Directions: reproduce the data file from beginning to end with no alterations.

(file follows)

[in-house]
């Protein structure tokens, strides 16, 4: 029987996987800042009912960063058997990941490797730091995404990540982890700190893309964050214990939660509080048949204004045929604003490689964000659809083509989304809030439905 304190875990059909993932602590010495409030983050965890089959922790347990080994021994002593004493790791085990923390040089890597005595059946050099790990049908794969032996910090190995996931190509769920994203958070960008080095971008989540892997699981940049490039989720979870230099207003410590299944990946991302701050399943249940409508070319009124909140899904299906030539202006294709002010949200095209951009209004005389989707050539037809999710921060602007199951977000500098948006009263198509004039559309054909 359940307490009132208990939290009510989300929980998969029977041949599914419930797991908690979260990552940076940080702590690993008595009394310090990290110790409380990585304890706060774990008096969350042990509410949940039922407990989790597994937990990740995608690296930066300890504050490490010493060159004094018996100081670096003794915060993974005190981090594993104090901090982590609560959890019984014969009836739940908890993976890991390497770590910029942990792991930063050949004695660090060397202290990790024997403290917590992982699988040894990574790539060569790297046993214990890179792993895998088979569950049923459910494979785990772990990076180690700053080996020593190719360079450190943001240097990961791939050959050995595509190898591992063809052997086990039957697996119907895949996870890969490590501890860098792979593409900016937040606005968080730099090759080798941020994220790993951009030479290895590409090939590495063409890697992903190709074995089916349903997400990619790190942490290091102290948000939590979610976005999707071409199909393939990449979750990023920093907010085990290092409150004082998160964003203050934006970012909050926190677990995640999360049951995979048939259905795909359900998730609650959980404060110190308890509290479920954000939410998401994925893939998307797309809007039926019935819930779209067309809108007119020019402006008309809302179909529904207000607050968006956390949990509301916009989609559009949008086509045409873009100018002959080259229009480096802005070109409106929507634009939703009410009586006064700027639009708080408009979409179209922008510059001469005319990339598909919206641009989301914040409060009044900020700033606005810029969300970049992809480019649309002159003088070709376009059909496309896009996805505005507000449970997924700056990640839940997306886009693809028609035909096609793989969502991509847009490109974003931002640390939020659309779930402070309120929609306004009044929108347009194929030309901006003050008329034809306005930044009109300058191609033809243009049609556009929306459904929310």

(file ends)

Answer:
[in-house]
């Protein structure tokens, strides 16, 4: 029987996987800042009912960063058997990941490797730091995404990540982890700190893309964050214990939660509080048949204004045929604003490689964000659809083509989304809030439905 304190875990059909993932602590010495409030983050965890089959922790347990080994021994002593004493790791085990923390040089890597005595059946050099790990049908794969032996910090190995996931190509769920994203958070960008080095971008989540892997699981940049490039989720979870230099207003410590299944990946991302701050399943249940409508070319009124909140899904299906030539202006294709002010949200095209951009209004005389989707050539037809999710921060602007199951977000500098948006009263198509004039559309054909 359940307490009132208990939290009510989300929980998969029977041949599914419930797991908690979260990552940076940080702590690993008595009394310090990290110790409380990585304890706060774990008096969350042990509410949940039922407990989790597994937990990740995608690296930066300890504050490490010493060159004094018996100081670096003794915060993974005190981090594993104090901090982590609560959890019984014969009836739940908890993976890991390497770590910029942990792991930063050949004695660090060397202290990790024997403290917590992982699988040894990574790539060569790297046993214990890179792993895998088979569950049923459910494979785990772990990076180690700053080996020593190719360079450190943001240097990961791939050959050995595509190898591992063809052997086990039957697996119907895949996870890969490590501890860098792979593409900016937040606005968080730099090759080798941020994220790993951009030479290895590409090939590495063409890697992903190709074995089916349903997400990619790190942490290091102290948000939590979610976005999707071409199909393939990449979750990023920093907010085990290092409150004082998160964003203050934006970012909050926190677990995640999360049951995979048939259905795909359900998730609650959980404060110190308890509290479920954000939410998401994925893939998307797309809007039926019935819930779209067309809108007119020019402006008309809302179909529904207000607050968006956390949990509301916009989609559009949008086509045409873009100018002959080259229009480096802005070109409106929507634009939703009410009586006064700027639009708080408009979409179209922008510059001469005319990339598909919206641009989301914040409060009044900020700033606005810029969300970049992809480019649309002159003088070709376009059909496309896009996805505005507000449970997924700056990640839940997306886009693809028609035909096609793989969502991509847009490109974003931002640390939020659309779930402070309120929609306004009044929108347009194929030309901006003050008329034809306005930044009109300058191609033809243009049609556009929306459904929310």